Editorial

Parliamentary scrutiny of government finances should not be put off any longer

| Updated on August 30, 2020 Published on August 30, 2020

The Constitutional requirement for a Budget session to be convened within six months of the last session, has to be fulfilled by this September

Word about the much-delayed monsoon session of Parliament, to be convened around September 14, is yet to be confirmed by the Cabinet Committee of Parliamentary Affairs. This effectively means that in the five months since March 23, when Parliament passed the Union Budget without discussion, and three months since May 12 when Prime Minister Narendra Modi announced a Covid-19 relief package of ₹20 lakh crore, there is still no certainty over effective scrutiny of government finances. There have been media reports on logistical details being worked out by the Parliament Secretariat in accordance with social distancing norms. Political parties are apprehensive over safety arrangements, given the spread of Covid-19 in Lutyens’ Delhi. Even as the debate rages over whether Parliament can function virtually, following precedents especially in Britain where MPs voted to allow routine virtual functioning in the early stages of the Covid-19 lockdown, the critical issue in India is the near collapse of Parliamentary structures to hold government activities and policies to account. The usual practice of introduction of the Budget followed by a recess during which the departmental standing committees scrutinise the demands for grants and related proposals, was not followed this year. Normally, the standing committees scrutinise the Budget proposals for each department whereas the discussion in Parliament is restricted to mere five or six ministries. The rest, having been scrutinised by the standing committees, are set aside. The pandemic threat this year brought the Budget session to an abrupt closure. The Budget was passed without the scrutiny of the standing committees or discussion in Parliament. The subsequent financial packages have cast a doubt over the validity of the Budget proposals. There is an urgent need for Parliament to look into this issue.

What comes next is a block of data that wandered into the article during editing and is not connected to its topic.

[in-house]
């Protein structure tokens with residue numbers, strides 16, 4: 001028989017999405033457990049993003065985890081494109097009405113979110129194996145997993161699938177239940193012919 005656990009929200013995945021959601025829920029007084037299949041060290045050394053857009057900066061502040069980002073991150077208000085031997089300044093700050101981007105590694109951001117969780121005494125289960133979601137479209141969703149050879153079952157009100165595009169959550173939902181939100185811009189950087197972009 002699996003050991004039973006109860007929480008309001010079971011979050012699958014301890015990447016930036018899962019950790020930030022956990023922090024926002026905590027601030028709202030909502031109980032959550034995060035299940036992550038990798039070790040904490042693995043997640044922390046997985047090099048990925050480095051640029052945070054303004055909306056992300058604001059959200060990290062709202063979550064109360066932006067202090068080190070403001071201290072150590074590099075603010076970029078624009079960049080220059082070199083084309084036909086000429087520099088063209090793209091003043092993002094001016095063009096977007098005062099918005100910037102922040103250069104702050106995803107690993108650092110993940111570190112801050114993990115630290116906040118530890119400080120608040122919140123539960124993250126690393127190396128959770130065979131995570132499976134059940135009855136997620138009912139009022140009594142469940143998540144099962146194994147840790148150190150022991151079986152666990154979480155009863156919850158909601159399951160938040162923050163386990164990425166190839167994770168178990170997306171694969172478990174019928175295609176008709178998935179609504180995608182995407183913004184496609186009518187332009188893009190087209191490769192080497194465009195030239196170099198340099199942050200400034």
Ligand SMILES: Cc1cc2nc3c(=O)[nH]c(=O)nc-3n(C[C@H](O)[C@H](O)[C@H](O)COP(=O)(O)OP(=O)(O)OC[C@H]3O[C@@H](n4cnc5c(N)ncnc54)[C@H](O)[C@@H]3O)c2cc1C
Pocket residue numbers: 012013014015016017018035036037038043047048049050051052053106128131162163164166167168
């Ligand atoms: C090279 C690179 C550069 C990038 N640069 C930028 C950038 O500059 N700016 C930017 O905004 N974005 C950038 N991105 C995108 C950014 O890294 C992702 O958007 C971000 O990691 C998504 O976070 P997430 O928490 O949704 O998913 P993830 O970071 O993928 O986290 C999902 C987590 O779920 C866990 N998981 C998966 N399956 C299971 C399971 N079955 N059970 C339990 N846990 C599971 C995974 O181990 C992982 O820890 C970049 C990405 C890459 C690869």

The Constitutional requirement for a Budget session to be convened within six months of the last session, has to be fulfilled by this September. Usually, Parliament meets every three months but the standing committees meet throughout the year. MPs in these panels often bring their field experience to bear while subjecting policy, the bureaucracy and finances to scrutiny. TDP MP K Ravindra Kumar once famously told an evasive bureaucrat that he should stop “creating a bush and then beating around it” when he appears before a House panel. These committees, which require fewer attendees and infrastructure than a full Parliament, have inexplicably not met although the rest of the country has transited to virtual working and also progressively unlocked.

Article 85 of the Constitution is clear that the President shall “from time to time summon each House of Parliament to meet at such time and place as he thinks fit”. If the President so wishes, the session can be held anywhere — in Vigyan Bhavan or even in the open lawns of Lutyens’ Delhi — provided there is a quorum and a presiding officer. The business of Parliament should be reactivated at the earliest.

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Published on August 30, 2020
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